Ravelry is an invaluable tool for researching patterns you are thinking about knitting or crocheting. One of the most basic things I look for before starting a pattern is how many people posted projects on Ravelry. That tells me whether the pattern has been well tested or not.
In this blog post, I’m going to teach you how I research patterns that I want to knit or crochet using the Woodburne Cardigan as an example. I am researching this pattern in preparation for our upcoming knit along in the Mountain Hollow Farm Knit Along Club, so this post includes some specific information about the pattern, as well as a video at the end to show you how to do general pattern research on Ravelry.
One of the first tasks in any knitting project is figuring out how much yarn you need to complete the project. That was a little tricky for the Woodburne Cardigan.
The pattern recommends using Briar Rose Fibers ‘Fourth Of July’, which is a 100% superwash merino yarn with 550 yds per 8 oz skein. It recommends 3 skeins (1650 yards) for the 5 smallest sizes and 4 skeins (2200 yards) for the 4 largest sizes.
That’s quite a bit different from the yardage listed on Ravelry: 1200 – 2000 yards.
The problem is that the recommended yarn comes in 8 ounce skeins. That’s huge! Most skeins are 3.5 ounces or 1.75 ounces. The smaller “normal” size skeins allow for more accurate matching of yarn requirements for each size.
What to do???
I turned to Ravelry. Upon searching the finished Woodburne projects, I was able to gather how much yarn other knitters used for this project. Here’s my analysis:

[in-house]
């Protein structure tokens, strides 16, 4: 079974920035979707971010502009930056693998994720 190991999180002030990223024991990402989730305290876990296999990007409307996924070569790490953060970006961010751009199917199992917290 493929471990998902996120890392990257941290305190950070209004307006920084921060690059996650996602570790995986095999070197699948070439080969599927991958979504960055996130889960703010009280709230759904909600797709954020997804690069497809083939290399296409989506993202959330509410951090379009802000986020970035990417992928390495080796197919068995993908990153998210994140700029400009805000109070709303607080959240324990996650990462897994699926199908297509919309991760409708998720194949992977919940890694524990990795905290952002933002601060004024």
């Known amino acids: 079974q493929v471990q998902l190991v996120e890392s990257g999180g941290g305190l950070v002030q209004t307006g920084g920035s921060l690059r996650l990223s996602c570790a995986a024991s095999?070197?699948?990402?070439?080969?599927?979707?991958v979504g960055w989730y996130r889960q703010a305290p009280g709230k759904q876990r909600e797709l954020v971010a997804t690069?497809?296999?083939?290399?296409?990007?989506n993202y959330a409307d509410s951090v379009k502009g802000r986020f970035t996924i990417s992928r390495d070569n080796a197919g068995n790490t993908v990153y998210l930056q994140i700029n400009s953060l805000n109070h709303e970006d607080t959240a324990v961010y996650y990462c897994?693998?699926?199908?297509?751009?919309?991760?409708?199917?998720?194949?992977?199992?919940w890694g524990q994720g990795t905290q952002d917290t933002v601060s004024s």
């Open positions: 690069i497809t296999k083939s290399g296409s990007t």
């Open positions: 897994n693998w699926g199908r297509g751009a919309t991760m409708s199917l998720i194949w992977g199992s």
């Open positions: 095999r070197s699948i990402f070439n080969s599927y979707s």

I did not include the yardages listed by knitters who used the recommended yarn and simply posted the recommended amount. I also did not analyze the projects to see if they made modifications. For example, some of the larger numbers could be because the knitter made a longer sweater. But this does give me a better idea of how much yarn each size requires.
As you can see, the actual yardages used by Ravelers was significantly lower than what was suggested in the pattern. I’m sure this is because of the suggested yarn’s large skein size.
Therefore, if you are substituting with a yarn that has a more normal skein size, use the chart above as a guide for how much yarn you’ll need.
How to Research Your Pattern On Ravelry
In this video, I show you how I searched the Woodburne Ravelry projects and quickly compiled this data. You can use this same method to find other information about a pattern. I often use it to search for modifications I might like to make to the pattern.
The more prepared you are before you begin a pattern, the more likely you will be to complete it successfully. A little Ravelry research before beginning your project can save you time and eliminate frustrating “surprises” in the pattern.
If you enjoyed this article and are a knitter, you might benefit from joining the online Mountain Hollow Farm Knit Along Club. Our goal in the Club is to help you become a better, more confident knitter.
Each knit along includes written and video tutorials to guide you through every step of the pattern – and they’re all online so you can participate from the comfort of your home! Click on the graphic below to try it for free!